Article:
Tyra is well meaning but watching her tell women on ANTM to embrace their “flaws” is counter productive.  It’s always bothered me that on all but perhaps the first few seasons of ANTM  there has been a so called plus sized model that is perhaps a size eight.

antm

The latter cycles of ANTM have focused on the fashion model hopefuls and their insecurities.  So here we have women that had what it takes to be on a TV show about modeling being coached to be confident by an international super model.  Tyra thinks she’s being relatable but she’s nauseating.

I really am a fan though and I’ve watched every of ANTM and I watched her talk show daily when it came on.  Tyra is weird and kind of annoying but I love her and I’ve hung on her every word since the mid 90s.  But this book was still disappointing.

I was hoping for a celebrity tell all.  I wanted her to spill the beans on why she broke up with her baby daddy.  What happened between her and Chris Webber?  What went wrong between her and that Indian technology mogul.  I wanted her to admit that she is jealous of Naomi Campbell and absolutely obsessed with her. 

The book did give a bit of the behind the scenes information about America’s Next Top Model.  Tyra talked a bit about the legendary scene where she snapped on the young girl and yelled “- — ——- — —!  — —- — ——- — —!”  Some of you know what I’m talking about but if you don’t:

None of that happened in this book.  She just wrote about self esteem and self respect.  I found it to be pretty dull but if someone got something out of it that’s great.  Tyra’s mom Carolyn briefly told her life story in the book.  I’m familiar with Carolyn because she’s made appearances on ANTM.  Her story is truly inspirational.

tyra's mom

Carolyn was a young naive mother of two children.  She is a hard worker but most of all she is smart with good instincts.  Carolyn’s smarts and artistic talents are what got Tyra to where she is today.  She is a very talented photographer with an eye for fashion and style.  And she was good at strategizing.  Carolyn is a woman that got ahead by being smart and putting well thought out plans into action.  I think she could be an inspiration to a lot of women.

Fun fact.  A few years ago I read about a woman giving her young daughter a period party when she started menstruating.  She probably stole that from Carolyn.  Carolyn did that for Tyra when she began her lady’s time and she wrote about it in Perfect is Boring  Carolyn said that she was very naive about sex even after becoming pregnant and she wanted her daughter to be informed and have a good understanding of her body.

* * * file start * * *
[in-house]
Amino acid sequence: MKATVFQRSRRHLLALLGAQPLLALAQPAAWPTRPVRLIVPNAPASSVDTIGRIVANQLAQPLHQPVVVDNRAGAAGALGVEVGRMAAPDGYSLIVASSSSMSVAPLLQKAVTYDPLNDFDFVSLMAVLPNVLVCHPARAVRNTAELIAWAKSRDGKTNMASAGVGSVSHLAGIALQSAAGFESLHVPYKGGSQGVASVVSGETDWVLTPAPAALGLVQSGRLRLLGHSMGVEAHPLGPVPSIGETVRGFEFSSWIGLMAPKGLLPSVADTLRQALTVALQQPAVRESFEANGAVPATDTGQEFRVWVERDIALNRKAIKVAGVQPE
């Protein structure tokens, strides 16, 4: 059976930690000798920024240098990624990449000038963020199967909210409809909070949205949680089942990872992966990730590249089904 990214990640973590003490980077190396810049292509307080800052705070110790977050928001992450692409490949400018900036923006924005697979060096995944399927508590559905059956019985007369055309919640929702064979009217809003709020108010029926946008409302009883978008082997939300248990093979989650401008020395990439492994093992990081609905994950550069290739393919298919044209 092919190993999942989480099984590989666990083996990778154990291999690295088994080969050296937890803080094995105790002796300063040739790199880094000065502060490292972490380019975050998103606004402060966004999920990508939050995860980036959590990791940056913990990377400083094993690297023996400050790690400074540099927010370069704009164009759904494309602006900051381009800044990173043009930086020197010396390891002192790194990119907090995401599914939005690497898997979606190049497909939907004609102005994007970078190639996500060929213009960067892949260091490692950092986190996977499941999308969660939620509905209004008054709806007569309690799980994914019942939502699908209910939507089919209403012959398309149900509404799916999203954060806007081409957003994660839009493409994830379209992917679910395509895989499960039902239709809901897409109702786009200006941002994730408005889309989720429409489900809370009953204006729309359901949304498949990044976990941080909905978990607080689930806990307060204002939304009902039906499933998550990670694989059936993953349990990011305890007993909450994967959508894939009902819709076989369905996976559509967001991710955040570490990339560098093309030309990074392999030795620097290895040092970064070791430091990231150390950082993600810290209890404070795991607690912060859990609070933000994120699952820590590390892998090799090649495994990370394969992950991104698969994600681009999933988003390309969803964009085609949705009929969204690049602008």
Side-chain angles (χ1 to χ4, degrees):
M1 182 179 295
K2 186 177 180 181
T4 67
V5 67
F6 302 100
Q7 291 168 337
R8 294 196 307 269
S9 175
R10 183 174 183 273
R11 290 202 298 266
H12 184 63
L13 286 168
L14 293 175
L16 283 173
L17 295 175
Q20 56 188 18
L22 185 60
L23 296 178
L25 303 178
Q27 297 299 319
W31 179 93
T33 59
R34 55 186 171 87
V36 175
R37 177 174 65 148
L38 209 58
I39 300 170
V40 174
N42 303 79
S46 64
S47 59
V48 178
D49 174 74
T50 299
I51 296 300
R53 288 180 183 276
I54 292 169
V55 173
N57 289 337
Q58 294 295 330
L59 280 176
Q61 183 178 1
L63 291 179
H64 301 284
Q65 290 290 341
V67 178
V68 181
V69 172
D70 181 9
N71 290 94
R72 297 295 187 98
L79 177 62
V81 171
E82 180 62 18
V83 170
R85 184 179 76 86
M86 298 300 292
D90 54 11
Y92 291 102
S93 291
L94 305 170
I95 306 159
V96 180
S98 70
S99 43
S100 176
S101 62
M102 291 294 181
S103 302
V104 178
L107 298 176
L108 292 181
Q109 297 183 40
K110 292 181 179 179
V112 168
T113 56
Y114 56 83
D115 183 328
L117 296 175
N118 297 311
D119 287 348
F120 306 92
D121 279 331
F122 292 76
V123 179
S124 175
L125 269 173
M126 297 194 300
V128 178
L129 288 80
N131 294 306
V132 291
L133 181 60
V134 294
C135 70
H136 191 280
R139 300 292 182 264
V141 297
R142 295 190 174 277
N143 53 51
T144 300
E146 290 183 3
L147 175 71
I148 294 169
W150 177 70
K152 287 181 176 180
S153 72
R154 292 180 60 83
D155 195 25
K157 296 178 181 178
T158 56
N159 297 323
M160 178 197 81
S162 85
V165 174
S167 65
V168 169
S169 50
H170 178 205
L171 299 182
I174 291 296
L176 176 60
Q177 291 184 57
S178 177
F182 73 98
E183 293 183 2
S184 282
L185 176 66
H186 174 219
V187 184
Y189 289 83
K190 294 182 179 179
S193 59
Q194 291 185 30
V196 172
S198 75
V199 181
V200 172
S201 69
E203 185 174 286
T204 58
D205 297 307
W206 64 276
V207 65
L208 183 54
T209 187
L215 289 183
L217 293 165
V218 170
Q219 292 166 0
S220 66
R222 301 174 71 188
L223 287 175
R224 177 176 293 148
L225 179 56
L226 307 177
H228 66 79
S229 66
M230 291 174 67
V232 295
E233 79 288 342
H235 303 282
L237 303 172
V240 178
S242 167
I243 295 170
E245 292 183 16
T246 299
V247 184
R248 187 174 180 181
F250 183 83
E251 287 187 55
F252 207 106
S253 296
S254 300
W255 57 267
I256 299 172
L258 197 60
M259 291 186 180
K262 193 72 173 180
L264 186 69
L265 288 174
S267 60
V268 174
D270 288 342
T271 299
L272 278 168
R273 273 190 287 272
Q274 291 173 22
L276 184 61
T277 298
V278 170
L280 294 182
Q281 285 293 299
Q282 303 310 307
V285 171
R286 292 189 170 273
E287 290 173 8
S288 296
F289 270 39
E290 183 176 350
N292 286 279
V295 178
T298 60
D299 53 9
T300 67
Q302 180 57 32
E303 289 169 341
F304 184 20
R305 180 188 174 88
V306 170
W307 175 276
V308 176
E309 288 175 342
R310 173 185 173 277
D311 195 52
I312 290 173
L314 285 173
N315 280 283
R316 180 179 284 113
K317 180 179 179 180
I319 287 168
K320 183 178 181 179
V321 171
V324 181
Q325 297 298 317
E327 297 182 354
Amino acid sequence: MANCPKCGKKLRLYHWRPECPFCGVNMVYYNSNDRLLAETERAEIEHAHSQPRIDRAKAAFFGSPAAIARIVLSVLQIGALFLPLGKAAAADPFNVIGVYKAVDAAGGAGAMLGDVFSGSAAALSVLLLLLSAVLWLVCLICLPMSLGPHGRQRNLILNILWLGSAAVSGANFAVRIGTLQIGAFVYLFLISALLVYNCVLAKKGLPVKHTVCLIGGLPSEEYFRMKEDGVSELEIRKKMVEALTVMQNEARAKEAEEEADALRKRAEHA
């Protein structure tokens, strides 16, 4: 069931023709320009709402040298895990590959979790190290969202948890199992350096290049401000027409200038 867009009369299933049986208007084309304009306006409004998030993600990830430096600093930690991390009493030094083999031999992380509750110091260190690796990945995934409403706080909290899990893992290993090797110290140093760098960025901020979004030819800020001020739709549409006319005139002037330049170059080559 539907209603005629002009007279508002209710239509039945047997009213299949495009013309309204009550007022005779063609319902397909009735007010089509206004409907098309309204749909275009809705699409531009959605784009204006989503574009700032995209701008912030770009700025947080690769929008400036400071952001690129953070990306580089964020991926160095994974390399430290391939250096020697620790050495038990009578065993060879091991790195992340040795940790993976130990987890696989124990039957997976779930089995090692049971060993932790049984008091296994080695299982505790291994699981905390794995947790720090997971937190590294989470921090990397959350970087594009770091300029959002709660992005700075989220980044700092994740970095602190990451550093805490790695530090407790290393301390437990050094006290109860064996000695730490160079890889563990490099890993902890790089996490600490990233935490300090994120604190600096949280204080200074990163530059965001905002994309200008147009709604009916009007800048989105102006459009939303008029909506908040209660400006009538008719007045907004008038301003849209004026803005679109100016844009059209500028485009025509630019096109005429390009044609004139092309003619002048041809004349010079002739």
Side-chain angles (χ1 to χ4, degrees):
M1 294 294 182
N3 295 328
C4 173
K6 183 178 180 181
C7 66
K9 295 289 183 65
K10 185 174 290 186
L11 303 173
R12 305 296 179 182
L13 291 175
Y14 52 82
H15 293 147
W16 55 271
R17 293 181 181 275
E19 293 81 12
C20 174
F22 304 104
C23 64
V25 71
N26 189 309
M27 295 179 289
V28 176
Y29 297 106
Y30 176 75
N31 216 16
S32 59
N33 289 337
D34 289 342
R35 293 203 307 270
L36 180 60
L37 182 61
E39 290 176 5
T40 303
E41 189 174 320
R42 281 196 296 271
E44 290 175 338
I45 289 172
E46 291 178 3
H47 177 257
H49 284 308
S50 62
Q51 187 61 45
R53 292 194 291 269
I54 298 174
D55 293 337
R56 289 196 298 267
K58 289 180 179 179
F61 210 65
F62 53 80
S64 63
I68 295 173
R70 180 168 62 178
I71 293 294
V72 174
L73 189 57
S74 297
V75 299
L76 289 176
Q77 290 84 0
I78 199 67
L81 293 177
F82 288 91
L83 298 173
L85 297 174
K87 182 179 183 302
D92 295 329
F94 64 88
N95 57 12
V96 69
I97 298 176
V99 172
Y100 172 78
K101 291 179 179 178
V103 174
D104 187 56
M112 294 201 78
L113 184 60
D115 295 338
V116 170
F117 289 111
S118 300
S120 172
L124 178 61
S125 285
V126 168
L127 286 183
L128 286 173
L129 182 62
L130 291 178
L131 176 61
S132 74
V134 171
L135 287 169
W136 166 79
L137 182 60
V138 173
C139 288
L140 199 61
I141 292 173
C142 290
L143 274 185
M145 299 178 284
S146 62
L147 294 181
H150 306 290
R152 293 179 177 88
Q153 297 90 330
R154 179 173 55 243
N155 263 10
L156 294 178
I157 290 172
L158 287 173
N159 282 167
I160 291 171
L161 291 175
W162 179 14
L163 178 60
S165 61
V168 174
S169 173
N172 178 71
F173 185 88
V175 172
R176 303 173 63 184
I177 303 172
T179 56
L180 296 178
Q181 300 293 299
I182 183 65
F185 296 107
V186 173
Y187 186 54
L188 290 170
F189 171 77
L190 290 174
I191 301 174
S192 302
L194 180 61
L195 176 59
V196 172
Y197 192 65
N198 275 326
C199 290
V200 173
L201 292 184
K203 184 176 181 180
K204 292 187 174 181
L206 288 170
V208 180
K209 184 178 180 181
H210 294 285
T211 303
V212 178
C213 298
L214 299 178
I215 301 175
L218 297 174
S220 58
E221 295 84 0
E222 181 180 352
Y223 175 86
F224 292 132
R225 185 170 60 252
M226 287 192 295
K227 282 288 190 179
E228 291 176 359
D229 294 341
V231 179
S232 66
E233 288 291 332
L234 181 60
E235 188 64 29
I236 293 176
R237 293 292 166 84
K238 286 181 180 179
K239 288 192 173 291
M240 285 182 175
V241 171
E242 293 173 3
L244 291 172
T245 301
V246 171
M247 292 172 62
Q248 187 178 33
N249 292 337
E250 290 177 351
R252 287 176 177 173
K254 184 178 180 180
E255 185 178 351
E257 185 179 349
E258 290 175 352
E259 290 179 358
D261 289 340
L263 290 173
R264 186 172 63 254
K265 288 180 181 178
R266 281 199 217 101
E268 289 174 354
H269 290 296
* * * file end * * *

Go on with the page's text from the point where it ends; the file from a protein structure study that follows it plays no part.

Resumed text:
I can’t say that I would recommend this book even if you are in middle school.  I’m sure there are better literary choices you can make.  But if you do decided to read it save time and skim past Tyra’s parts and jump to Carolyn’s passages.  If you’re a die hard Tyra fan you may enjoy this book.  It’s kind of like calling an old friend.

 

Hot Girl Summer: “Girl Wash Your Face”

Summer 2019 is behind us and you know what, I didn’t do a darn thing. I didn’t visit one beach, pool or amusement park this year. My “Hot Girl Summer” consisted of going to work, going to church going to brunch a few times. All of my adventures and drama came from reading. That’s a good and bad thing at the same time. Ice could have been covering the ground and it would not have made much of a difference to me. I’m going to share and review what I read this summer.

girl wash your face

I hate read this book.  I read it expecting not to like it so I could shake my head with disapproval as I read.  Girl Wash Your Face did not disappoint.  I think it’s important to consider the intended audience when consuming entertainment.  I don’t think I’m the intended audience for the work of Rachel Hollis.

Rachel Hollis is a social media influencer and event planner that wrote a book to inspire her fans.  She has 1.5 million followers on Instagram that reach out to Rachel for advice with self esteem and parenting matters.  Her followers sound like they are White housewives from upper middle class backgrounds that drive themselves insane by comparing themselves to images and narratives on social media.

So Mrs. Hollis wrote a book advising suburban soccer moms to feel good about themselves and not to tear themselves apart.  Who told these women not to feel good about themselves in the first place?  She used anecdotes about her life as inspiration.  The problem is her life isn’t very interesting and you can tell she was grasping at straws while putting that book together.

There wasn’t a single idea or story that lead the reader through Girl Wash Your Face.  The book is all over the place and didn’t stay on a linear path.  The choppy path didn’t tie together very well.  It’s as if she was told she had to write a certain amount of words but she didn’t have much to say.

She talked about her courtship with her husband, her start as an event planner in LA and her experiences as a mother.  All of her experiences are fairly common and there isn’t a lot of drama to her life, at least not that she shared.  There wasn’t a universal experience that she shared that really captured my experience to endear her to me.  I would bet money that if you had a middle aged cashier working at Dollar General or serving tables at Denny’s or something to write a similar book it would be %1000 more captivating.